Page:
Dean: We’re sitting in a record shop. Are you amazed at the resurgence of vinyl? And why do you think it’s happened at this scale?
Michael: Yeah … I guess I am amazed. I don’t think I’m surprised and I think there’s a difference there. I’m amazed and very happy with it, but I don’t think I’m surprised because I feel like there’s always going to be a need for something tangible. For something that gives you a connection with your favorite artist when you can’t have the artist give you a bear hug and take you to a restaurant and talk to you for 30 minutes, you’re going to need something else. Having an album cover to look at with information, and the picture, and the feel of it, the warmth of it … that’s something that a lot of people need. A lot of people are actually buying records and not listening to them.
Dean: It’s more like a collectible almost?
Michael: I think so. I think it’s like a badge. For a lot of people.
He’s holding the record in his hand, out over the crowd…
Dean: Is there a little bit of scarcity there? Going back to your story about how you’d read about an album. Like you can’t just click and have your record instantly. You actually have to physically get it. So do you think the scarcity aspect is also driving this? [Since only a finite amount of records exist but infinite digital duplicates can exist]
Michael: There’s some of that, too. I think that definitely plays a part. I like to tell the story and I remember telling this story a long time ago when it almost seemed like people were ringing a death bell for vinyl. I remember seeing this photo, and it’s like my favorite photo ever. I hate DJ photos, I hate photos of DJs DJing, I think they’re like the most boring [Dean laughs] uncreative photography there is … but that said, there’s this one DJ photo that I love. I think it’s just fantastic. It’s of this British legend names Gilles Peterson, who is most known for being a big BBC host, but he also pioneered Acid Jazz. I think he actually coined the term ‘Acid Jazz,’ but anyway, he’s kind of a legendary figure in England. His DJ sets are legendary in that they go all over the place. There’s this photo of him playing, and it’s taken from the crowd, like someone on the dance floor has taken the photo. He obviously had just played some song where everyone was just like oh my God, this was the best song we’ve ever heard in our lives. And you see all these people from behind with their hands just raised in the air, and he’s a little higher than them in the booth and he’s bending over, like acknowledging them with this big grin on his face, and he’s holding the record in his hand, out over the crowd. Holding it like yeah, this is the song I just played. And it’s just like, you just need to see that picture and you’re like of course vinyl is not going away. That’s like all you need to see. I mean, he’s not going to hold a USB stick, like yeah! [laughs]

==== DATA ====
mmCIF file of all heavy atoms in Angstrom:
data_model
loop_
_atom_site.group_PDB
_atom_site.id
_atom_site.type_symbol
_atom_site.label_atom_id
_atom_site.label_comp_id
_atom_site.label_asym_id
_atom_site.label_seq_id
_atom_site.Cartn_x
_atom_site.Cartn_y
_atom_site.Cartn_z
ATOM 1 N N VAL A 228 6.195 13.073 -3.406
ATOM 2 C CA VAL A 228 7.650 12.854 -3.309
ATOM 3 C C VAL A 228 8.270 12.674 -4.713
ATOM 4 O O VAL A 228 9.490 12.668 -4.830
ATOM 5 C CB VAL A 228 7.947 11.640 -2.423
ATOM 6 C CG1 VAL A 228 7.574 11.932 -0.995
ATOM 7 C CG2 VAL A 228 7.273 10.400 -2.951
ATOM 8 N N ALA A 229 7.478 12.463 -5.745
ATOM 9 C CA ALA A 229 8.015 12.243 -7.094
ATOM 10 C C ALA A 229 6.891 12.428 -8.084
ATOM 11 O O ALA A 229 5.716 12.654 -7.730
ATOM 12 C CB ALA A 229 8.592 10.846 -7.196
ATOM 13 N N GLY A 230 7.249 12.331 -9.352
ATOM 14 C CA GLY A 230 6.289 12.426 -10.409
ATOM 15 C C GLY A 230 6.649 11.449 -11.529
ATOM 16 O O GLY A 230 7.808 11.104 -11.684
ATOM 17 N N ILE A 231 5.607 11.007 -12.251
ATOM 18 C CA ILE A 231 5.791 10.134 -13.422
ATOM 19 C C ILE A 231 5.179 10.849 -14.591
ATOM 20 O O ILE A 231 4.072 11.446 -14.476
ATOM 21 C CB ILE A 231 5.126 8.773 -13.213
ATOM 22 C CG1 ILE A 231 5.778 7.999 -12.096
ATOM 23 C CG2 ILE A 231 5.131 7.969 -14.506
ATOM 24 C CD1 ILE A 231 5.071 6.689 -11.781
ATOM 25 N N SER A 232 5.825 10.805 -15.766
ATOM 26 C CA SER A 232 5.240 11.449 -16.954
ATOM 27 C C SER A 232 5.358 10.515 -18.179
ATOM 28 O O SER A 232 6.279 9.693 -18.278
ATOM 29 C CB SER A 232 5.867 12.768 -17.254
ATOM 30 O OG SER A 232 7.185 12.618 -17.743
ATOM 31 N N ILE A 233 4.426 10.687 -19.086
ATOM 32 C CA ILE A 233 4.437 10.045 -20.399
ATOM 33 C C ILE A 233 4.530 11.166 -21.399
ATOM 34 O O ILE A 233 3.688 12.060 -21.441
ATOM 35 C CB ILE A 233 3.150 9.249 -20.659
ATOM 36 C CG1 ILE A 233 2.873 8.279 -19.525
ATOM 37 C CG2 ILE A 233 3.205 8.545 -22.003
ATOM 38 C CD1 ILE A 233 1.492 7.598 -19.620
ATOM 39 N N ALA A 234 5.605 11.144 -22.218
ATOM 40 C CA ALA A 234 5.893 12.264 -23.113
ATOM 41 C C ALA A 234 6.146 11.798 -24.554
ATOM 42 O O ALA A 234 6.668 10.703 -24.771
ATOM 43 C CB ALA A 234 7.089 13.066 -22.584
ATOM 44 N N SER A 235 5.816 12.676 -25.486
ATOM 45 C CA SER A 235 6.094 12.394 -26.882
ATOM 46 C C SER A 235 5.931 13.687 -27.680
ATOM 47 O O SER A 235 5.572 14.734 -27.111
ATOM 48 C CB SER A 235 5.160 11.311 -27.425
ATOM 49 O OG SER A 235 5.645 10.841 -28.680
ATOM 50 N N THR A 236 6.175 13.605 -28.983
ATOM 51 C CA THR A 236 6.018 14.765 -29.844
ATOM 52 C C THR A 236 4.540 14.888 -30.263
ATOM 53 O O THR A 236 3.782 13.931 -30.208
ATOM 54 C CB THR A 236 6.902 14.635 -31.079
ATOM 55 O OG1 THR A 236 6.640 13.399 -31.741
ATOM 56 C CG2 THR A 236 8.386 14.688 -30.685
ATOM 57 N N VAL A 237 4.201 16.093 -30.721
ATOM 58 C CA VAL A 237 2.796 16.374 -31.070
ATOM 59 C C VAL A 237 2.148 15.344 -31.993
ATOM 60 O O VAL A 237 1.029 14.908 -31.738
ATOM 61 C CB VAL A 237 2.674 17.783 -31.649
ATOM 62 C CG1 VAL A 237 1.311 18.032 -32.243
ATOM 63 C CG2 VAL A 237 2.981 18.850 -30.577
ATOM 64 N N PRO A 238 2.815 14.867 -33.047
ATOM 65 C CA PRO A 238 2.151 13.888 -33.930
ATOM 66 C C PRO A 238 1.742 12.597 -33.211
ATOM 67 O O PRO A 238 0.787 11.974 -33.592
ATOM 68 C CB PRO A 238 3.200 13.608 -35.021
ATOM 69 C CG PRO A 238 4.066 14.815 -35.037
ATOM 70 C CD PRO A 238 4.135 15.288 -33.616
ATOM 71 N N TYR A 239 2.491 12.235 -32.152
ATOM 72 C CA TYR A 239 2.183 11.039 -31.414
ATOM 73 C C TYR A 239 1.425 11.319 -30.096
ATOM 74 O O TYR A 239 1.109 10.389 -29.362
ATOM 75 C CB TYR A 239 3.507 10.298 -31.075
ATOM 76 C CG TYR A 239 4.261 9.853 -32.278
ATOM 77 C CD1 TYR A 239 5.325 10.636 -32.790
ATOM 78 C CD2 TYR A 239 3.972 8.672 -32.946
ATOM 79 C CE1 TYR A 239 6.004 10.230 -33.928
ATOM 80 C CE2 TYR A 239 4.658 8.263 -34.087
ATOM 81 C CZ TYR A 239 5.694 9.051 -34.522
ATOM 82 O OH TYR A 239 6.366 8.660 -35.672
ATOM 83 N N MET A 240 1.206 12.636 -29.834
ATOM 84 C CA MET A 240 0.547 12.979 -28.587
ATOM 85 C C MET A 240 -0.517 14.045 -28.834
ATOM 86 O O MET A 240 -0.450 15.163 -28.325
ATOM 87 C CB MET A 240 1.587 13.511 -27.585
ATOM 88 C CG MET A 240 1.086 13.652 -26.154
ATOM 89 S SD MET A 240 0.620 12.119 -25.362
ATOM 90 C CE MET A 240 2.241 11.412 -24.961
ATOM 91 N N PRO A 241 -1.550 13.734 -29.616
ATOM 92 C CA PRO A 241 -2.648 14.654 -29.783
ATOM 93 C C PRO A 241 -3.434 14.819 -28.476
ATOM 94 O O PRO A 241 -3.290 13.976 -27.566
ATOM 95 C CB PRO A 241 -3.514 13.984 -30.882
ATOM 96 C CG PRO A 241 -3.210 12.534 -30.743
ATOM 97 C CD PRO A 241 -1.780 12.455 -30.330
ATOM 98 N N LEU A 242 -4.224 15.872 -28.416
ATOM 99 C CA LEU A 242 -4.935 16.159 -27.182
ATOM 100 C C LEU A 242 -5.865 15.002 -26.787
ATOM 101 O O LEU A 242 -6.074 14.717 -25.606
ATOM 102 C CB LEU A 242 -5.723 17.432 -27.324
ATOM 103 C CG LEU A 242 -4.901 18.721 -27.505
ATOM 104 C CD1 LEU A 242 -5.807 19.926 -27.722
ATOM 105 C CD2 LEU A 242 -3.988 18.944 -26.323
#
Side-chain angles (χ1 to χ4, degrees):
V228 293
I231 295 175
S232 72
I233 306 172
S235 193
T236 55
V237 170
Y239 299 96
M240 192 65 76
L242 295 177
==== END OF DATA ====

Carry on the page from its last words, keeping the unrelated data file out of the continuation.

Dean: So Michael, you stood the test of time and you’ve had a long, distinguished career in music while many others have come and gone. What’s your secret to being outrageously remarkable?